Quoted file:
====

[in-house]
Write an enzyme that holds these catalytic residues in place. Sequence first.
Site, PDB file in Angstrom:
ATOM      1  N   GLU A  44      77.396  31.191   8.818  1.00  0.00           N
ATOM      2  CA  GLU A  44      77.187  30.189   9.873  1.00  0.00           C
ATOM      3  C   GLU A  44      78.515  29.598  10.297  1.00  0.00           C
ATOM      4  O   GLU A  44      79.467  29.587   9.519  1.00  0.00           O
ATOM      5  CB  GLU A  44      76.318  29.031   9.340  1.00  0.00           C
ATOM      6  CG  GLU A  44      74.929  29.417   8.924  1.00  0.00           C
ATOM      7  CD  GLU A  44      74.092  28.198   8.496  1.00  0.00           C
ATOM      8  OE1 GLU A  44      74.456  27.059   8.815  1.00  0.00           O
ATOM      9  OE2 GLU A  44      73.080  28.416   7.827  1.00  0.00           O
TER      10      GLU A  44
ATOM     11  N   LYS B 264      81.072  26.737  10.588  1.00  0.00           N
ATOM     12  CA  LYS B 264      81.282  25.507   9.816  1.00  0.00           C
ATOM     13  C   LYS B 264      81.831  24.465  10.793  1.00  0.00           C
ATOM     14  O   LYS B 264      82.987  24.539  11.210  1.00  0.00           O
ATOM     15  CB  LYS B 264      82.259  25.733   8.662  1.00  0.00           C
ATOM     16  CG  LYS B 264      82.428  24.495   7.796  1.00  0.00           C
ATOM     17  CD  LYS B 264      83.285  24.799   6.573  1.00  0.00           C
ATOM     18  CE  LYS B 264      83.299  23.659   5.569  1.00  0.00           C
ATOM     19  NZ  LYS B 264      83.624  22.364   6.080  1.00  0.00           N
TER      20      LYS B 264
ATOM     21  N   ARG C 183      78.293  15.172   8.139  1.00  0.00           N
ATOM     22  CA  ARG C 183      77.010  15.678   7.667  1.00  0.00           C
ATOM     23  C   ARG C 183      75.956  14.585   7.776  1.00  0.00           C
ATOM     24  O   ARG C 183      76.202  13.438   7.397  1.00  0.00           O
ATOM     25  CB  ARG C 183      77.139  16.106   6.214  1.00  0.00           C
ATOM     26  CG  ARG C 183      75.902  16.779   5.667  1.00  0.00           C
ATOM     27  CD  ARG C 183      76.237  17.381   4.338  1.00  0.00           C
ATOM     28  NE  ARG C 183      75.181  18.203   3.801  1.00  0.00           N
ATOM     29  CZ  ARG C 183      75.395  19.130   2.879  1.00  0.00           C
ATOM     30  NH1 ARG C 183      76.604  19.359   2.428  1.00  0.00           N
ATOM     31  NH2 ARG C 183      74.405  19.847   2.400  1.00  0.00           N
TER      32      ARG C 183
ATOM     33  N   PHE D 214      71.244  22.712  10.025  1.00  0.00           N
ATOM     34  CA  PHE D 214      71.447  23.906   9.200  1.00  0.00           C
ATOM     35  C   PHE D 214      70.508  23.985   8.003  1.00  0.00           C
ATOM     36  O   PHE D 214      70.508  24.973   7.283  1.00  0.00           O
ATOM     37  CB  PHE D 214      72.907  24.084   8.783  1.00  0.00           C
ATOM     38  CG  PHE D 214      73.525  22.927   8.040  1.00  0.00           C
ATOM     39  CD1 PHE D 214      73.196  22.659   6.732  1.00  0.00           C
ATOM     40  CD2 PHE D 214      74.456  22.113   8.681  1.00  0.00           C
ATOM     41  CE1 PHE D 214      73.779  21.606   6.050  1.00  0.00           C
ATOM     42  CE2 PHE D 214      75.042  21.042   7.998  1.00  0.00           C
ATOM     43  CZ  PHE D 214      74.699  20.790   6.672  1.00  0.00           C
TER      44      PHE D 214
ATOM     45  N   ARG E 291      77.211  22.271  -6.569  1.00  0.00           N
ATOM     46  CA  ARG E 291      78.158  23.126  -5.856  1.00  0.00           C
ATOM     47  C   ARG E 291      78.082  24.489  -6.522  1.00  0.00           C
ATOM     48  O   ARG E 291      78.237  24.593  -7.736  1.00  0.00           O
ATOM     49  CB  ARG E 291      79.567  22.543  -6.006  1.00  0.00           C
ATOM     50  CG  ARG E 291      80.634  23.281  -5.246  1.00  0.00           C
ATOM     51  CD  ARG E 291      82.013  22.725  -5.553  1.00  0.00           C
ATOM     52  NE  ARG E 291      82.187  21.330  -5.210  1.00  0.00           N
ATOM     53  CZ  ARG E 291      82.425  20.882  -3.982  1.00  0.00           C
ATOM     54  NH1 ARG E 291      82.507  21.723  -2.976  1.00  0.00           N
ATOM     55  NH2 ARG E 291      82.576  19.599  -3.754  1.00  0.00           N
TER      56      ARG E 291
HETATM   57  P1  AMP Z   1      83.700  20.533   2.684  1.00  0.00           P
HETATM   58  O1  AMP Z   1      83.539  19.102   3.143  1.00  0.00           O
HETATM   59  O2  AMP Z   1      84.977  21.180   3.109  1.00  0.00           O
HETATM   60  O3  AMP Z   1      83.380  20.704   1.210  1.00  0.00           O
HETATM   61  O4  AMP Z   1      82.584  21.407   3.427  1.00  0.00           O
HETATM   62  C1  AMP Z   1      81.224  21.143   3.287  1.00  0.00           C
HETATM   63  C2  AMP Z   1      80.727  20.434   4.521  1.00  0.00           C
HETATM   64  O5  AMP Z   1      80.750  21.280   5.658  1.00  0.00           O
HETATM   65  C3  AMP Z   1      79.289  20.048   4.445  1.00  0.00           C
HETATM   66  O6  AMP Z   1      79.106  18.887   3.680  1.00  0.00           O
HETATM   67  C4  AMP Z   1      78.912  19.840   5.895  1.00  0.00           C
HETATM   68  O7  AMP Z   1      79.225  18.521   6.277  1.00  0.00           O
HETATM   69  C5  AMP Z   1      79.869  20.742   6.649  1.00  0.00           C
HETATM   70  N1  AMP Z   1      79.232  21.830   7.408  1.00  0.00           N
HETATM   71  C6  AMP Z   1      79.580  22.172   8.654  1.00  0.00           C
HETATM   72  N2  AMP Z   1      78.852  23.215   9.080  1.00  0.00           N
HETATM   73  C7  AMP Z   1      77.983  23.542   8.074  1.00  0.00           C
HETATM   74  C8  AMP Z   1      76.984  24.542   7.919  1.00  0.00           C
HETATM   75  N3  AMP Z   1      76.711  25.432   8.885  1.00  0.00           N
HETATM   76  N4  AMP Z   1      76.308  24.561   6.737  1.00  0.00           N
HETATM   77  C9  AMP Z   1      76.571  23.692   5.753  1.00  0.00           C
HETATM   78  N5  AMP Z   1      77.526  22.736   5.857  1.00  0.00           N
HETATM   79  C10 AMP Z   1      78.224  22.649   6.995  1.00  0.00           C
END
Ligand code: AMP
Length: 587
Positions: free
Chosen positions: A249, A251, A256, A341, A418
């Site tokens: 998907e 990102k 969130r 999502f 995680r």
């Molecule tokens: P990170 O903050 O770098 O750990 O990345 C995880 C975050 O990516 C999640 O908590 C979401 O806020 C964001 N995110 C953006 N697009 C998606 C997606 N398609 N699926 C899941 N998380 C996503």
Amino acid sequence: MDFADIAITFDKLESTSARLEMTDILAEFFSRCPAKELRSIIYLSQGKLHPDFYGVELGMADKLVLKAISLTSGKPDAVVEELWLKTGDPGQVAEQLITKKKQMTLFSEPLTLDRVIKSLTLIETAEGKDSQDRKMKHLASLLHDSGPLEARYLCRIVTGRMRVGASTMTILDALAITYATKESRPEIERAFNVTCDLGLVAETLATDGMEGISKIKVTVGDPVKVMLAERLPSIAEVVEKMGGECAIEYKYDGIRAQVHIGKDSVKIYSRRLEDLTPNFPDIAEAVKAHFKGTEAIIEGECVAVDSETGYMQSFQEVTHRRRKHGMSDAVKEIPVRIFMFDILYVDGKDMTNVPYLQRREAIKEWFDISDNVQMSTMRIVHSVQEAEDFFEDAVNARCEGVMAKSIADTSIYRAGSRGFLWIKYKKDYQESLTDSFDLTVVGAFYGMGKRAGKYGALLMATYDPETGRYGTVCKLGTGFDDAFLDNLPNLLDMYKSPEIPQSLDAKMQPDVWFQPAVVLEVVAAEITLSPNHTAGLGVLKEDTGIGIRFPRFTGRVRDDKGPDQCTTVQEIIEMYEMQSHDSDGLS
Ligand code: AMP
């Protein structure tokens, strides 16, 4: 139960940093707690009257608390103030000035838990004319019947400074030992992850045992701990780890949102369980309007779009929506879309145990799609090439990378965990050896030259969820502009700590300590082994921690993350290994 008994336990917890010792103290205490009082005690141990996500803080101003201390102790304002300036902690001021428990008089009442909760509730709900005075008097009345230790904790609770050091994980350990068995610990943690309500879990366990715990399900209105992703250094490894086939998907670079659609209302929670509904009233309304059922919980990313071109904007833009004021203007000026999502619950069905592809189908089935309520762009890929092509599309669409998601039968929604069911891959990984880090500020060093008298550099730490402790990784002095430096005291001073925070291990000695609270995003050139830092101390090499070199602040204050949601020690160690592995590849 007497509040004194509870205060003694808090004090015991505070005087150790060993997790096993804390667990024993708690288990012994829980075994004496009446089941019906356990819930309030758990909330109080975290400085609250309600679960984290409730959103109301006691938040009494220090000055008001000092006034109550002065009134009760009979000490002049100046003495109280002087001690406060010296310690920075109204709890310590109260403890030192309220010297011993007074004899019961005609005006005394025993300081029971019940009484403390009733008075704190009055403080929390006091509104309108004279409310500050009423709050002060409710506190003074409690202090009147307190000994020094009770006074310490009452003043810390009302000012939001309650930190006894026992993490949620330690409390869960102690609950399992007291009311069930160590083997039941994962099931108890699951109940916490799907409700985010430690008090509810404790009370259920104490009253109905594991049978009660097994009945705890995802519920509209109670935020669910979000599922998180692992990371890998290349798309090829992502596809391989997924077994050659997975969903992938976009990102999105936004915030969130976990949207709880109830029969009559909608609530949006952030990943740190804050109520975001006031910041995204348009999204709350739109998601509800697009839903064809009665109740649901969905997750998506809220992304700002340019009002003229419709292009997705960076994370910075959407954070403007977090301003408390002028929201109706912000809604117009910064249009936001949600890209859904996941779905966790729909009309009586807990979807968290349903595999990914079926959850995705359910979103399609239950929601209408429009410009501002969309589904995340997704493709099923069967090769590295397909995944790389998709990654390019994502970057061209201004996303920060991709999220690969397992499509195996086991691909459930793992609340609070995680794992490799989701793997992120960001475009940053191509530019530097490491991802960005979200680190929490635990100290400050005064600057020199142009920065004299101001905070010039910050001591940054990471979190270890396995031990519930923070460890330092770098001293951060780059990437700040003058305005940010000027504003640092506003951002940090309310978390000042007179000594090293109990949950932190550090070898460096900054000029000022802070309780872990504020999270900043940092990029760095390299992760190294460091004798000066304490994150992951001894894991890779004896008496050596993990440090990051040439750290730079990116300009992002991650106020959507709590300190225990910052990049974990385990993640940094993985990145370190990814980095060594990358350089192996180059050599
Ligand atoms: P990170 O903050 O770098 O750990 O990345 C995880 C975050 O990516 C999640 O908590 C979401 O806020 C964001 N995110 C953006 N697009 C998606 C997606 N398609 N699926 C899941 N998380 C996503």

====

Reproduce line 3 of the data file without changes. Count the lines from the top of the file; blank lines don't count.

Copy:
Site, PDB file in Angstrom: